“I had been given a ring with 15 keys on it. But no-one told me which key opened which door. Or what was behind the doors.” It was frustrating and difficult. Then about a year ago services were integrated in one of our demonstrator sites.

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She said “Suddenly I was given a golden key. It opened any door and gave me what I needed”.

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Over the last two years, I have been writing about the risk of competition and fragmentation of commissioning on care. As part of a Future Forum submission, in briefings for the NHS Confederation, everywhere I could, I have worried about multiple providers serving multiple commissioners for a single patient journey leading to duplication and gaps. There has been a lot of change since. Those risks are receding.

Every day we hear about the importance of integrated services in the future NHS. The Government delivers a welcome £3.8bn pooled fund for integrated health and social care in the budget. Norman Lamb announced a number of “pioneers” to look at integrated health and social care systems – Leeds has submitted its bid along with, some say, around 100 others. Mark Britnell from KPMG – touted as future CEO of NHS England by the commentariat – writing in this month’s Health Services Manager says “Integration trumps competition in terms of delivering sustainable benefits”. Monitor sets out its thoughts on enabling integrated cares in its role as system regulator. The fabulous National Voices have come up with a new definition – at the heart of the vision in Leeds.

Person centred coordinated care

“I can plan my care with people who work together to understand me and my carer(s), allow me control, and bring together services to achieve the outcomes important to me.”

The integration lobby have won the argument, it seems. So why worry? Nana will get her golden key won’t she? Perhaps.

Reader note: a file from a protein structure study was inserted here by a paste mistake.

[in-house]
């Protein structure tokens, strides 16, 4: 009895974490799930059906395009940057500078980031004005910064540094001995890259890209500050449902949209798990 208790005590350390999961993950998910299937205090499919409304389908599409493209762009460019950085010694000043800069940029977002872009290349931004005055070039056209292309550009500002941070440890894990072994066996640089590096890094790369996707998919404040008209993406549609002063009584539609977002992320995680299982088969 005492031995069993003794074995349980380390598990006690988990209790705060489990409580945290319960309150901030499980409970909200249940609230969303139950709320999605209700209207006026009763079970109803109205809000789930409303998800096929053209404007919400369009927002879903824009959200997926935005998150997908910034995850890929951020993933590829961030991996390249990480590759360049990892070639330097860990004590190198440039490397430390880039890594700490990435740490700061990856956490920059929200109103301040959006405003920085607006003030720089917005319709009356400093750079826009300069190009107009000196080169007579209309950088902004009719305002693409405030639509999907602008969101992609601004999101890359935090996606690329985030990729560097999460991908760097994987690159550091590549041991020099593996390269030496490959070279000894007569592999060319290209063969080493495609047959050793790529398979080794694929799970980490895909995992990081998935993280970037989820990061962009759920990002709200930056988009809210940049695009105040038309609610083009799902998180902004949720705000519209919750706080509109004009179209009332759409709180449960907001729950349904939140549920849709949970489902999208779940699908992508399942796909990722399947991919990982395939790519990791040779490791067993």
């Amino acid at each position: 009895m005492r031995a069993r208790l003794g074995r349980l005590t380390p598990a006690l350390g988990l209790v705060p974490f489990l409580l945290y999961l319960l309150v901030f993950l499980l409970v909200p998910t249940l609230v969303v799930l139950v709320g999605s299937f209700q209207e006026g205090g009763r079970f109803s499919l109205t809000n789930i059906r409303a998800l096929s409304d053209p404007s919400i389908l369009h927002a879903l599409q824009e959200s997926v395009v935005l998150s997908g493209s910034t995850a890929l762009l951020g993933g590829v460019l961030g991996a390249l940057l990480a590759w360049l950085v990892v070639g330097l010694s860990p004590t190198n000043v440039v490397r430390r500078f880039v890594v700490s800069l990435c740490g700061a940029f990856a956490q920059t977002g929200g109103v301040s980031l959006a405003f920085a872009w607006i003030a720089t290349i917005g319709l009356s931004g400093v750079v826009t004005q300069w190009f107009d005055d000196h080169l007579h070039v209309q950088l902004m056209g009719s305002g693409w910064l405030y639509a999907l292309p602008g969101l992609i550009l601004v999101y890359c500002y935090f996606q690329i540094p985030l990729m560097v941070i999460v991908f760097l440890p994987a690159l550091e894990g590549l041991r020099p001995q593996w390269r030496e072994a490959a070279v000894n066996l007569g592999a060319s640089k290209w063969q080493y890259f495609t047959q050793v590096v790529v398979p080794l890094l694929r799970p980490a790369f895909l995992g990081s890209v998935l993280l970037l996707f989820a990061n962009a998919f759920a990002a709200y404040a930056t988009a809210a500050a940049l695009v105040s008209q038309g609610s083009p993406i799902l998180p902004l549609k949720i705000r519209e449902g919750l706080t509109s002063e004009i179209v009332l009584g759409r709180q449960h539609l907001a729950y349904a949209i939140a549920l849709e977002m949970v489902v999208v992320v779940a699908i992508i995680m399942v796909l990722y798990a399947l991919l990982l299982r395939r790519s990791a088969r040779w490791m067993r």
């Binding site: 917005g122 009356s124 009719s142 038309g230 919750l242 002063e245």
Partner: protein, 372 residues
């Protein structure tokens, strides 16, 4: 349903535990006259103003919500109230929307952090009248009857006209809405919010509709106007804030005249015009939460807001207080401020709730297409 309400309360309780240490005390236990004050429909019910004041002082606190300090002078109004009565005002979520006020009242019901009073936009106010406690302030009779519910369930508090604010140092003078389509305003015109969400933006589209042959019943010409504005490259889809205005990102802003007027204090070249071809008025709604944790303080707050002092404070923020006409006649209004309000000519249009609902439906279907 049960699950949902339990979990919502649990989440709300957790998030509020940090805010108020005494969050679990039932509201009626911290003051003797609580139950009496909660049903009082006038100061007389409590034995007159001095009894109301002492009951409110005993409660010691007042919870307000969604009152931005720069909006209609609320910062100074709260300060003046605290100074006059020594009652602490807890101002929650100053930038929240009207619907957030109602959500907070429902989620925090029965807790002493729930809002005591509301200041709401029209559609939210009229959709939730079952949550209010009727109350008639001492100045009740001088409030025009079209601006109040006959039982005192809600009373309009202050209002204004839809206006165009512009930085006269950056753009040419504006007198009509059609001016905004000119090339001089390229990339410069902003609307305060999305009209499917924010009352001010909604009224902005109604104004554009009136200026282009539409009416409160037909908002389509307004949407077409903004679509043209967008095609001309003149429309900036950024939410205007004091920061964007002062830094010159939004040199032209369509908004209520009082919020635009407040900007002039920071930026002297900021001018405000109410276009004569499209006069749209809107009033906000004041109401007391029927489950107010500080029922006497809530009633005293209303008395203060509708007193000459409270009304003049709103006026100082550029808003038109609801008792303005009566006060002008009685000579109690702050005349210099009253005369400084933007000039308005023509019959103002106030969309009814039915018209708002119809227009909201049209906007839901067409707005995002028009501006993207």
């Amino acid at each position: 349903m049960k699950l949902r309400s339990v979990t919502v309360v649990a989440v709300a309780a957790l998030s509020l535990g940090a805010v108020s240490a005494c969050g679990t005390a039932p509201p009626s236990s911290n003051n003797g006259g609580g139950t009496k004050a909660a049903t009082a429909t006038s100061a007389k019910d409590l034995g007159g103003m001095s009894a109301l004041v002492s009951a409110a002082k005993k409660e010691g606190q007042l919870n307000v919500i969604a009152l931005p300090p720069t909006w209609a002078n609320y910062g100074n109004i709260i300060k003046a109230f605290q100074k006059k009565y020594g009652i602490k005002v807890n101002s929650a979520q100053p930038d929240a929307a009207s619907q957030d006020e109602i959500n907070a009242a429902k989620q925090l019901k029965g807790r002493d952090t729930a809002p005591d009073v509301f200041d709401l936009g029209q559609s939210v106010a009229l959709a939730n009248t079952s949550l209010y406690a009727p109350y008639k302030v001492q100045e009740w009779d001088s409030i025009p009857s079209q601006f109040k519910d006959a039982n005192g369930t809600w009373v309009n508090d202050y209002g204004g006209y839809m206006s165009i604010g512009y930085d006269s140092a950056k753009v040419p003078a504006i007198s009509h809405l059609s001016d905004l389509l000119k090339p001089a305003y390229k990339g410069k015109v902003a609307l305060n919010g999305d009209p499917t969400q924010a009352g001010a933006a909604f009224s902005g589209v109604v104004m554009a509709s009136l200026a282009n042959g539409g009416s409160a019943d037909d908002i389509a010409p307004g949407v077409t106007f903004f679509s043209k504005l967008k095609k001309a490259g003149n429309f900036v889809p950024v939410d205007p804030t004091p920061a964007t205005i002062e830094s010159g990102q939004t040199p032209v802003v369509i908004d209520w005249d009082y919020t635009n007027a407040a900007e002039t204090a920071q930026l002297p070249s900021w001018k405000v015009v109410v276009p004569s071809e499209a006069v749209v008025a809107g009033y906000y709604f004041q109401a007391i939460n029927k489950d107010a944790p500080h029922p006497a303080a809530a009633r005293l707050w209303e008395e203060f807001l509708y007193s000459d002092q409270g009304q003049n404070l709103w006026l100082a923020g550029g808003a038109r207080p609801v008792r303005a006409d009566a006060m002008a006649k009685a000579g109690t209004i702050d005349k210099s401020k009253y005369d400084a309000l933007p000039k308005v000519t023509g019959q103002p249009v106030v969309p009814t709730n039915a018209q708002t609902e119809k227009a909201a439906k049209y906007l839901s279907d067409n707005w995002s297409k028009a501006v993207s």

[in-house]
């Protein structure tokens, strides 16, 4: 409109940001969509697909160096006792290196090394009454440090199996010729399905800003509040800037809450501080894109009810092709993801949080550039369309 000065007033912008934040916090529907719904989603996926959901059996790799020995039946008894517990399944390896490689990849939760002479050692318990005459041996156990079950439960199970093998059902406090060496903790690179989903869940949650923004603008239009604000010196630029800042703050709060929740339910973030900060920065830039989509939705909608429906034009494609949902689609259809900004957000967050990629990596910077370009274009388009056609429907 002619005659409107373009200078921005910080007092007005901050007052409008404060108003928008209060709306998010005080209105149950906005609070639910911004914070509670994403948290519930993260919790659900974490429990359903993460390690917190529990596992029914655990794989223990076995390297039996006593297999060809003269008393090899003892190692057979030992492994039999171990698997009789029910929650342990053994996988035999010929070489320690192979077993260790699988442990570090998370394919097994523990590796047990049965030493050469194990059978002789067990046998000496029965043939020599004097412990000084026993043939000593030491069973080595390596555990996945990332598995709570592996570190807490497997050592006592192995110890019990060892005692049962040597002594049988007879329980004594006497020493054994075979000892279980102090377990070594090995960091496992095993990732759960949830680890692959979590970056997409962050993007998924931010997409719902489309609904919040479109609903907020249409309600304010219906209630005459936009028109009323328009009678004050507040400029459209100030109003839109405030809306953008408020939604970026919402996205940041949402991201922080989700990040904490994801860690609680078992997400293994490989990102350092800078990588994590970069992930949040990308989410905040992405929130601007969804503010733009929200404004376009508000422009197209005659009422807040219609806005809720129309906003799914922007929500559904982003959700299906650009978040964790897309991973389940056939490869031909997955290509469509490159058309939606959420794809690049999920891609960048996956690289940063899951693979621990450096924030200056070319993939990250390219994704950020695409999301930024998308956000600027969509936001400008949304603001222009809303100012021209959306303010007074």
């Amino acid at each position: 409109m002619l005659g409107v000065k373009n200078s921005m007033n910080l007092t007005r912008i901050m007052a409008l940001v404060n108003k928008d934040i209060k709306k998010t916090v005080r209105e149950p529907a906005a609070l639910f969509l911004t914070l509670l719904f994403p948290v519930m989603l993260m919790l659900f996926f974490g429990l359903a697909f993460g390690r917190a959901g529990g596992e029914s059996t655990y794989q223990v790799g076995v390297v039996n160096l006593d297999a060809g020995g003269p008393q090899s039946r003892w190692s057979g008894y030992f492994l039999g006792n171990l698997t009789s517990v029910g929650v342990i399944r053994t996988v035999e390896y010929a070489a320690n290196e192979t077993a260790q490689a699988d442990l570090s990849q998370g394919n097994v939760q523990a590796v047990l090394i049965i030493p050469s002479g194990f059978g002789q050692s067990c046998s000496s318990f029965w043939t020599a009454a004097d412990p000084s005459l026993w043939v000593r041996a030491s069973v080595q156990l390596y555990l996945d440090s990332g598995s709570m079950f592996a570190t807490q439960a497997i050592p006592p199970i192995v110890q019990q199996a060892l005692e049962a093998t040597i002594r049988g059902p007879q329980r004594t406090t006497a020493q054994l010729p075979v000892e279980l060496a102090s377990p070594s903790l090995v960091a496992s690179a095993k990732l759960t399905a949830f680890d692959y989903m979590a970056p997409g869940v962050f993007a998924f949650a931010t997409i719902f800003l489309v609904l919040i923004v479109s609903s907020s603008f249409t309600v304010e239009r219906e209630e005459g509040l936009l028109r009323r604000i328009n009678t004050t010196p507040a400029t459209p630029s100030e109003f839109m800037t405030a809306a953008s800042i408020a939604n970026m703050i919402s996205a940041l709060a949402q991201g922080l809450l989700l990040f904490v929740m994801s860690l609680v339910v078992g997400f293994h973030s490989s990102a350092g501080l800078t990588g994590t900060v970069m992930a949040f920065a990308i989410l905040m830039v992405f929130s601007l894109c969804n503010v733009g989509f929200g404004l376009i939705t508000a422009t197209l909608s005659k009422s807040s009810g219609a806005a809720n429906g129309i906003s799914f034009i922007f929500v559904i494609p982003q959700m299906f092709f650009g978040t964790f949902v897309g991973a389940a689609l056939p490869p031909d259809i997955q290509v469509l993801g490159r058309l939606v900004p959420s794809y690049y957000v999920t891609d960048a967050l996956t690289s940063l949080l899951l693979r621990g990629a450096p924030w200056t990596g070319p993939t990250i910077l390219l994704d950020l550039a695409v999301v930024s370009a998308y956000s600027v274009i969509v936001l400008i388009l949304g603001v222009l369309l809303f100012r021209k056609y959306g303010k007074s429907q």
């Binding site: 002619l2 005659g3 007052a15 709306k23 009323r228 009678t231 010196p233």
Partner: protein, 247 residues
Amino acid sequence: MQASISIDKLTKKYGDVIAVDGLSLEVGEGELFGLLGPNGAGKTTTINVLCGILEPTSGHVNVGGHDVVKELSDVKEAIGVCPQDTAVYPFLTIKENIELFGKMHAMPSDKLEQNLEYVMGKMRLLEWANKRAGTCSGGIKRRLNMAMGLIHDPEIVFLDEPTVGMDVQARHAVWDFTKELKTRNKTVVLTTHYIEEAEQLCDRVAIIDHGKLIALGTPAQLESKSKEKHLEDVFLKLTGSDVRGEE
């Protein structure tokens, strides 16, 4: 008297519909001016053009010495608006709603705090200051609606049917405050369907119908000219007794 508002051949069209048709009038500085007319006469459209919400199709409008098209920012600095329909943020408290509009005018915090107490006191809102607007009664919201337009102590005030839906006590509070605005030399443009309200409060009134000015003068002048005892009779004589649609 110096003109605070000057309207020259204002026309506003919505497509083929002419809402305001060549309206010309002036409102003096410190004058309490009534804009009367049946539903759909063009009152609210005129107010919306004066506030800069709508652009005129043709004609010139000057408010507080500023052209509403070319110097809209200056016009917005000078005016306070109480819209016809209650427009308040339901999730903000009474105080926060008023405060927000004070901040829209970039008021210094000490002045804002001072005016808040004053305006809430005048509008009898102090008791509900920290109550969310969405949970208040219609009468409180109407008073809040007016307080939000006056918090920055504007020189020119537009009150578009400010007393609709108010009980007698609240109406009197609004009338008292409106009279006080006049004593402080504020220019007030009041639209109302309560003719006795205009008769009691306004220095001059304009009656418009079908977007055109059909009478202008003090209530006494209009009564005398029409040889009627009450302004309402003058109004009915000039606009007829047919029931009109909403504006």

John Appleby writes in this blog about the role of the OFT and Monitor in ensuring appropriate competition. He argues well about the need to make a good case for not competing – with more than a golden key as support. The financial system still supports the delivery of funds to hospitals for activity or part funds urgent care to their detriment, depending on your view. Many agree it doesn’t yet support integrated care or continuity or shifts in care – good King’s Fund Report here.

Which leaves local leadership to sort things out. I have no problem with this. We must have faith in local System Leadership, which is essential in these circumstances. In Leeds we are working really hard to ensure that everyone plays a system leadership role. Our Health and Social Care Transformation Board helps to drive this. Its role in the integration of services has been fundamental to the progress to date. Local politicians have backed change. Commissioners have used the non-recurrent resources to fund change. Providers have thought about services first, not structures. Researchers have been working with us to assess the impact on quality and activity. Lots of detail here.

And change is beginning to happen. Beautiful, impactful, essential change. Change that happens in homes so is not visible enough. Change that transforms lives. Not enough yet to give every Nana a golden key but sufficient to be seen by those who matter. Take Elsie Sykes, one of our patients, talking about being “lifted” in the video on this page.

http://www.bbc.co.uk/news/health-22515978

If you have watched this, you will understand why we must succeed. Because we all know an Elsie and we all have a Nana, don’t we?